Jonathan McKee
Jonathan McKee
is the author of twenty books including the brand new 52 Ways to Connect with Your Smartphone Obsessed Kid; More Than Just the Talk; Sex Matters; The Guy’s Guide to God, Girls and the Phone in Your Pocket; and youth ministry books like Ministry By Teenagers; Connect: Real Relationships in a World of Isolation; and the 10-Minute Talks series. He has over 20 years youth ministry experience and speaks to parents and leaders worldwide, all while providing free resources for youth workers and parents on his websites, and You can follow Jonathan on his blog, getting a regular dose of youth culture and parenting help. Jonathan and his wife Lori, and their three kids live in California.

3 Simple Parenting Tips You Don’t Typically Hear Jonathan McKee – at

June 14th, 2016
  • As a parenting author, I’ve seen hundreds of parenting books and read countless articles. Often, they are echoing the same principles. I’m not knocking it… I’ve written numerous articles about the biggies that parents often neglect, like spending more time with your kids. But here are 3 tips you don’t typically hear:

    1. Wanna be a good dad? Then be a good husband first.

    Want your kids to feel safe, loved and valued? Then work on your marriage. We’re seeing more research emerging about one of the best predictors of cognitive success being emotional stability of the home environment. Bioengineering expert Dr. John Medina said it like this, “Do you want to know how to get your kid into Harvard? Go home and love your wife.”

    It’s this simple. When our kids are young, they are searching for clues in their home to see if they are safe. “Children look to their parents and the relationship they have with each other to assess whether that’s true or not,” Medina says.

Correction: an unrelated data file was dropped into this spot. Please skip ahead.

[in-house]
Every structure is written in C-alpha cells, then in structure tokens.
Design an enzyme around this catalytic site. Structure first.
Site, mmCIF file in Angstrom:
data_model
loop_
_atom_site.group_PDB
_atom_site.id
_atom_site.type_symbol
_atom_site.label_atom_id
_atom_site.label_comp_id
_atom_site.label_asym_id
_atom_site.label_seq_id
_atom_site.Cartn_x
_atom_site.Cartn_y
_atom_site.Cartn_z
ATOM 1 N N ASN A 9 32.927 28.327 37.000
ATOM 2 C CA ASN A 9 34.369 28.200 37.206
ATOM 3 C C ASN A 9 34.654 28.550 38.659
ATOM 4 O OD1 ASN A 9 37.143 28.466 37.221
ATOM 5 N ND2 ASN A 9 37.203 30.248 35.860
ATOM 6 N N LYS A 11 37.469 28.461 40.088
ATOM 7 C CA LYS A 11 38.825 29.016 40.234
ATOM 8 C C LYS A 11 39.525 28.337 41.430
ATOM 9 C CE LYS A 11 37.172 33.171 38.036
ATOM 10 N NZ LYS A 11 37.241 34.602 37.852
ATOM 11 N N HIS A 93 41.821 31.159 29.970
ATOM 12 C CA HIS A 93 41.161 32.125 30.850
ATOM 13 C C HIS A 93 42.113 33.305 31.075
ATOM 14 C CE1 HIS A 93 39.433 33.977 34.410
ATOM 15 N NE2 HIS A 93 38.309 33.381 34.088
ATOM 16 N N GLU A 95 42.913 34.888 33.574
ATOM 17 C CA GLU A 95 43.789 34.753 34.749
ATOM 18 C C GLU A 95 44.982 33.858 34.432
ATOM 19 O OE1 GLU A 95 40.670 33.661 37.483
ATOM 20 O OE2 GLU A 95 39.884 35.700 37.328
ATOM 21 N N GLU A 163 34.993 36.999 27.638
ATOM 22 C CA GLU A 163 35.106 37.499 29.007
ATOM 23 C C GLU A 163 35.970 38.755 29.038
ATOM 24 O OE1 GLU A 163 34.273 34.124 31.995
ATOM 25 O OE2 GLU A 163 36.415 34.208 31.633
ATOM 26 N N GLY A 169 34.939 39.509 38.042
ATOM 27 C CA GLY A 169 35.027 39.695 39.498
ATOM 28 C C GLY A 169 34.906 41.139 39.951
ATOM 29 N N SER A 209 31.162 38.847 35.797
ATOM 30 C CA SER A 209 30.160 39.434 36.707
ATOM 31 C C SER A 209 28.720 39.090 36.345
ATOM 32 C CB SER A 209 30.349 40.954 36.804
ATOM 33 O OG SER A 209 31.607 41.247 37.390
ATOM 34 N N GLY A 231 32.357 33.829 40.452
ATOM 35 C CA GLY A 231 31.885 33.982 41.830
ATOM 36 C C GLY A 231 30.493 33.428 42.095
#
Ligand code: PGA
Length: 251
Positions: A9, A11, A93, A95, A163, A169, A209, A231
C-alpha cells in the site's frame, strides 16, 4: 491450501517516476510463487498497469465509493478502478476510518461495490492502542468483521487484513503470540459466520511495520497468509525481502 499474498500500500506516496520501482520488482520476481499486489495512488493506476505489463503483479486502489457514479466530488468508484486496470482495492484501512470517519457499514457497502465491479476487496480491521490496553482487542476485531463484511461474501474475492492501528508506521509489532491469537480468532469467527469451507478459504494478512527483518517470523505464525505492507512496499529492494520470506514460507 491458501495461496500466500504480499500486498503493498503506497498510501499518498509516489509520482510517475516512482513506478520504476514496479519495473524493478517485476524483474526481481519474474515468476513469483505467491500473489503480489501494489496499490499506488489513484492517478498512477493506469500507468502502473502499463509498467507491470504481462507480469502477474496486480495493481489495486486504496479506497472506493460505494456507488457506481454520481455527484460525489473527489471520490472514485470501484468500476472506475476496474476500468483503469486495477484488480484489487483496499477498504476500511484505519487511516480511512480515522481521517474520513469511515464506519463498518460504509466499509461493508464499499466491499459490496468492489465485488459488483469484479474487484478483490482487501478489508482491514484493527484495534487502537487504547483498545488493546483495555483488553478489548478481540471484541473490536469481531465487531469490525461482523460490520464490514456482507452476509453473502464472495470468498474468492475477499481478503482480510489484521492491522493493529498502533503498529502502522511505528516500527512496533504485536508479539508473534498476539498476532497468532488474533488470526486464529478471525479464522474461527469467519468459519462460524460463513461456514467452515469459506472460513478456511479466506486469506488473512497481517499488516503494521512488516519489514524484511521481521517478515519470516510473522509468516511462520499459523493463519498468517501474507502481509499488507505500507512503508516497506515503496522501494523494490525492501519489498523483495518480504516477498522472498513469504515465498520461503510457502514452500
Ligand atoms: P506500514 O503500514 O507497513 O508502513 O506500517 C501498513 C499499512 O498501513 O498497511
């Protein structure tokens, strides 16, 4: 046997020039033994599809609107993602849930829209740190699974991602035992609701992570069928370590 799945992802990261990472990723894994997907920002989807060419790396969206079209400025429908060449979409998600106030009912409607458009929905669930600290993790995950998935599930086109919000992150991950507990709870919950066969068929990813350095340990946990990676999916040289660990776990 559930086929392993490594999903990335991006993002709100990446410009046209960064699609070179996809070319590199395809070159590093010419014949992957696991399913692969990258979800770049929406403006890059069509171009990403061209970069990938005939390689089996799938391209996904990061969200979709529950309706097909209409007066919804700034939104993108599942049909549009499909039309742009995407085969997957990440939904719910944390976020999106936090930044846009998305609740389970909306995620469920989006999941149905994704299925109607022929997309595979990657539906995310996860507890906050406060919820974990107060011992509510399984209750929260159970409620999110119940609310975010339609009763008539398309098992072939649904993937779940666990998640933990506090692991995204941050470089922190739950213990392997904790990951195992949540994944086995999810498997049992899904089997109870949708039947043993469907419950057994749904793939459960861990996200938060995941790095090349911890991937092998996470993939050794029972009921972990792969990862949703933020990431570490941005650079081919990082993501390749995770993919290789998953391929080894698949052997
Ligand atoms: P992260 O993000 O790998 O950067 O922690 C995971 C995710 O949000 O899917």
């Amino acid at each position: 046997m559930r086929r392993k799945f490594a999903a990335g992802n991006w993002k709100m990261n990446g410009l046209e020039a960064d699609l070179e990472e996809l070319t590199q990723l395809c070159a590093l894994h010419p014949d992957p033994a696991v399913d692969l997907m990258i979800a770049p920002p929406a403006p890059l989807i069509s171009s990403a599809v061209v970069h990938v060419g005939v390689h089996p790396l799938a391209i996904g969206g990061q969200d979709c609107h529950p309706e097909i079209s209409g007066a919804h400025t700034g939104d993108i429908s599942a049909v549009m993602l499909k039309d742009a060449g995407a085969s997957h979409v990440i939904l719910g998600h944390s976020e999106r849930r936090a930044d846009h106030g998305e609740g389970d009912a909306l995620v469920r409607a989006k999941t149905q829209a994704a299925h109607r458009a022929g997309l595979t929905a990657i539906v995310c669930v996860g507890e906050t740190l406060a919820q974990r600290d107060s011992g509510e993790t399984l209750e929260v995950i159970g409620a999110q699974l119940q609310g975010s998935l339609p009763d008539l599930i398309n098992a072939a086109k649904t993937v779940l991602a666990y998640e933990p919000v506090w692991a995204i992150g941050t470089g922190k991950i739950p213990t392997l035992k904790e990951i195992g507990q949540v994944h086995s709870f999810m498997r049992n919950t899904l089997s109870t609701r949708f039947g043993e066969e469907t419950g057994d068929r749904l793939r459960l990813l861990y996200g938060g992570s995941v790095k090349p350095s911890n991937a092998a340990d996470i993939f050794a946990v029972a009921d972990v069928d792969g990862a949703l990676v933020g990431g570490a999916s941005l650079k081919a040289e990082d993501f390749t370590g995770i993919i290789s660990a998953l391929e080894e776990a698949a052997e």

2. No Rules by 17 1/2

    Most people would agree toddlers need a lot of guidance. If your 2-year-old starts heading for the road when a semi-truck is coming… not many dads would say, “Leave him be. He’ll learn!” At the opposite end of the spectrum, everyone knows when our teens turn 18, they can legally move out and do whatever they want. The tricky part for parents is that time in between. How much guidance and control do we assert, especially in those teenage years?

    The answer is “a segue.” Start with heavy guidance and slowly segue towards less control, with a goal of “no rules by 17 1/2.” Sure, you could wait until 18… but why? Why not have them totally free while still under the safety of your shadow?

    I tried this principle with my oldest daughter, starting with realistic guardrails, then giving more trust over the years, and eventually parenting our 17-year-old like an 18-year-old. She is 18-years-old and on her own now… and it’s really no big deal. She’s been making decisions for a while now.

    3. Real Life Reality Shows

    Parents are always looking for teaching moments. When real life hardships appear, don’t be scared to talk about what you experienced. If your sister is getting a divorce, ask your teenagers what they think. What can they learn from the situation?

    Real life isn’t always a huge crisis. Yesterday I was driving down the road and came upon a lady trying to back her boat into a driveway… and it became quickly and painfully obvious she didn’t know how to back a trailer. Cars began lining up and honking. I pulled over, walked over to her with a smile and asked, “Would you like some help?” She happily got out of the car and let me take a crack at it. Moments like these are fun to dialogue about with your kids. Don’t lecture, just ask questions: “Why do you think people were so upset with her?” “How should people respond when they see someone struggling like that?” “What are ways we can show love to people in stressful situations?” “How could you help someone in need?”

    Look for these real life discussion moments, or even watch entertainment together that springboards discussion about real life.

  • Now What? Teens Who Use Social Media Are More Likely to “Pick-and-Choose” Faith Beliefs

    HomeWord -

    Teens who use social media are exposed to a wide variety of faith and values expressions from friends and those they follow. In a culture that places high value on tolerance and acceptance, and have peers who regularly hold non-traditional beliefs and values, it appears that today’s teenagers are more likely to embrace a syncretic approach to their own belief systems.